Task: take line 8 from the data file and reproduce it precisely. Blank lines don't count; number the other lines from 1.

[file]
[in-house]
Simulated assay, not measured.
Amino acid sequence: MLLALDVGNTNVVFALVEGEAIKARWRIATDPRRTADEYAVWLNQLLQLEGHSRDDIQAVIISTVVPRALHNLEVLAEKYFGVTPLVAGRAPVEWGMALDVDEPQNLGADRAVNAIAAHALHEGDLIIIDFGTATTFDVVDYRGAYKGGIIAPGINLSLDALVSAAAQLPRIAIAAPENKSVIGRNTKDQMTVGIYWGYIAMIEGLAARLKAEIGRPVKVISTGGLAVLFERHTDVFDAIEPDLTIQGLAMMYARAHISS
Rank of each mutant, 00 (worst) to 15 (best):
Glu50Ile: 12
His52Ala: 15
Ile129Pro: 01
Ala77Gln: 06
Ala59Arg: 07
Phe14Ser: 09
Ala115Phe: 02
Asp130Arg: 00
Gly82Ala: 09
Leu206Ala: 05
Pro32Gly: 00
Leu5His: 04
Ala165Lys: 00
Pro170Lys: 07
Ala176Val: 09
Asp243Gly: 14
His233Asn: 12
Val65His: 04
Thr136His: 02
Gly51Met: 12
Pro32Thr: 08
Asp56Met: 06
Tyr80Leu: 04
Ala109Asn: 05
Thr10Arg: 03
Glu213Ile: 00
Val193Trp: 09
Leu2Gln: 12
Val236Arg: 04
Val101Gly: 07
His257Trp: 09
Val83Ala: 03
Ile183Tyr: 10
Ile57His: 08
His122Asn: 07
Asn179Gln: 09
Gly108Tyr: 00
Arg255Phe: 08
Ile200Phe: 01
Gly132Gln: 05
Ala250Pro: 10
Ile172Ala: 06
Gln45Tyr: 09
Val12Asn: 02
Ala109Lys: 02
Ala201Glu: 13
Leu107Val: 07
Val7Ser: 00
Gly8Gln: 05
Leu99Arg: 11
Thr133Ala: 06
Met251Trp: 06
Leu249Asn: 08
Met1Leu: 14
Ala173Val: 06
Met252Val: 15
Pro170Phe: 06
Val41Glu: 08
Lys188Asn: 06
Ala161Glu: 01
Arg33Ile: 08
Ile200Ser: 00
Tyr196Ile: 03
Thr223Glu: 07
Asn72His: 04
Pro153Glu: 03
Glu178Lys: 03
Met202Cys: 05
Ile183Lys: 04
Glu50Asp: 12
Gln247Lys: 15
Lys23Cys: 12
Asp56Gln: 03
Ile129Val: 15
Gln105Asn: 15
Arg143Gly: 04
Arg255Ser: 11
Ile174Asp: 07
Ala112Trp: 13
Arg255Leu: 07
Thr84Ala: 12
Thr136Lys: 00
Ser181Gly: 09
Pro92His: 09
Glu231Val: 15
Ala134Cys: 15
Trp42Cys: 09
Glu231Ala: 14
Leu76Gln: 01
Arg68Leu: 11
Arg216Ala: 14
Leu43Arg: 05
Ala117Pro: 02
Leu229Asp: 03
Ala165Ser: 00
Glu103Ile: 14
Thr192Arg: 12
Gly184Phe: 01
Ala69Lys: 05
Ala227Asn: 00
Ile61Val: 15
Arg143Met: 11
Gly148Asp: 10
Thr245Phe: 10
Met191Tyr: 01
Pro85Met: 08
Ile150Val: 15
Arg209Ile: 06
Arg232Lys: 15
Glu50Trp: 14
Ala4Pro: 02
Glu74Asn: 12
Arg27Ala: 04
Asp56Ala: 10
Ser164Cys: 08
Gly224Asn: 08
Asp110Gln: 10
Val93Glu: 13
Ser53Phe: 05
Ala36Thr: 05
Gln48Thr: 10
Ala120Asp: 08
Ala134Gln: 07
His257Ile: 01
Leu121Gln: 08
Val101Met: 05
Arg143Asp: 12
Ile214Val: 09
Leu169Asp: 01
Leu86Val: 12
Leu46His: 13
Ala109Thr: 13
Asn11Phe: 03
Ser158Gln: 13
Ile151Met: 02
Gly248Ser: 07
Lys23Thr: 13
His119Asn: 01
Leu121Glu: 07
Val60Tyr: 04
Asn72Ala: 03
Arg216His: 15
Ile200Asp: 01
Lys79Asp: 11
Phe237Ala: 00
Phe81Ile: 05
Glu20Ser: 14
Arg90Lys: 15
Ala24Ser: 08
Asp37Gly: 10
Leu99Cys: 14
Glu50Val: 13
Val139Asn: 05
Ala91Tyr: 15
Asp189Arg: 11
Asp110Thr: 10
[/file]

Ala77Gln: 06